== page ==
One Hundred Rare Book Terms
Illumination — Jobbing
Illumination: The art of decorating books by hand, ranging from simple elaborations of letters with crosshatching to full-blown miniature landscapes drawn in the margins. Illumination is an art that was predominantly practiced in the Middle Ages, but it is still alive today. Medieval illuminators are (in)famous for their sense of whimsy and there are entire social media sites dedicated to ferreting out amusing illuminations of knights riding on snails, monkeys performing medical procedures, and cats engaging in household chores.
Imposition: The process of arranging type on the printing press so that that they appear on the paper in the right sequence after folding. Bibliographic format is dependent on proper imposition for it to work properly. Sometimes, printers would also print formats smaller than folio by a process called “half-sheet imposition” where the printed sheet would be cut in half to result in two smaller gatherings. A quarto by half-sheet imposition, for instance, would have one sheet of paper produce two smaller sheets, each of which can be folded in half to produce a gathering of two leaves.
Imprint: An identification of the printer responsible for producing a given book. Up until the late 1500s, the imprint usually appeared at the back of a book and was synonymous with the colophon, but it was eventually moved to the title page. Many printer’s imprints also included their devices or logos as printers did their best to draw attention to themselves and establish a loyal customer base.
Impression: A technical term for the number of copies printed at one time, i.e., without removing the type or plates from the press. This is distinct from the edition (all copies of a book printed from one setting of type) and an issue (all copies put on sale at a given time). Impressions are tied to a fixed point in time and, after the invention of stereotyping in the 18th century, the term became more useful in terms of determining chronology than edition.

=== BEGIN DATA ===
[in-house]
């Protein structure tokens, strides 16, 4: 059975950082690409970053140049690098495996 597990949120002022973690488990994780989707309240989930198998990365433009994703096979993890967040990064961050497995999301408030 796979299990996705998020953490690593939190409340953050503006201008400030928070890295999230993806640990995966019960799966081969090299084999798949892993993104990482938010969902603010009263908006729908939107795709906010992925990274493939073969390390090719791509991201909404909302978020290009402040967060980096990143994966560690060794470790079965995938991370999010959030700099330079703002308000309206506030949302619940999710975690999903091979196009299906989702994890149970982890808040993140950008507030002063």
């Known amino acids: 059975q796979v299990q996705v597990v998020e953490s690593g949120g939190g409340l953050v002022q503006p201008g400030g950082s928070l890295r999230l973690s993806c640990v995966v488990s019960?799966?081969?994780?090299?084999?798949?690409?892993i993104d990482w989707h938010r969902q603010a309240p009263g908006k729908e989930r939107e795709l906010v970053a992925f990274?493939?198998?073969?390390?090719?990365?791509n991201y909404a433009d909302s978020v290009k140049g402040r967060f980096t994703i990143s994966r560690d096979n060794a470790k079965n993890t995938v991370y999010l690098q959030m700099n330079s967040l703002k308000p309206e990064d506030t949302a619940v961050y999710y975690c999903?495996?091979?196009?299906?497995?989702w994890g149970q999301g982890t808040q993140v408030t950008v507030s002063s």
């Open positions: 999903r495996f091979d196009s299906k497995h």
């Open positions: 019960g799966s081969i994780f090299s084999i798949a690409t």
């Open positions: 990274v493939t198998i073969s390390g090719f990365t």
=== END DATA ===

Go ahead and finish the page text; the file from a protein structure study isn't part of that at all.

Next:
Incunable: A term for books printed in Europe between 1455 and 1500. The term derives from the Latin word incunabulum, meaning “cradle” as a reference to this period as the “cradle of printing.” The term is completely ahistorical and there is little difference in quality or style between books printed in 1499 and 1500, but it marks a convenient stopping point for studies focused on early printing.
Initial: A term for when the first letter of a chapter or section is distinguished from other letters by its greater size and/or decoration. This practice began in the medieval manuscript tradition and was carried over by early printers, who either had initials added by a scribe or used a woodcut block to print the letter.
Intaglio printing: A term for illustration processes where the design is cut into a surface, either with a tool (engraving) or with acid (etching). Intaglio printing is the opposite of relief printing and is recognizable because it results in white lines on a black background. Generally speaking, intaglio prints have to printed separately from the text (unless the text is also cut into the intaglio plate) and were usually the purview of a specialist printer. Common forms of intaglio printing include engraving (whether in copper, steel, or wood), etching, drypoint, mezzotint, and aquatint.
Issue: A technical term for the number of copies of a book put on sale at any given time. This is distinct from an edition (all copies of a book printed from a single setting of type) and an impression (all copies printed at one time). Issues are distinct units of sale and are often described as such: 300 paper copies and 10 vellum copies, for instance, would be a description of an issue.
Italic: A style of letter in both manuscript and print. In manuscripts, italic refers to a style of handwriting prevalent in Italy during the early modern period. In printing, italic characters tend to be slanted and thinner than their roman counterparts. In both contexts, italic is associated with humanism.
Jobbing: A term for small, quick side-projects undertaken by printers, typically ephemeral in nature. The term is short for “job printing” and was a staple of printing for much of its history. It was often used by printers to earn money to pay bills and finance other, larger projects. Gutenberg himself undertook job printing, printing papal indulgences in 1454 even before he completed the first printed Bible.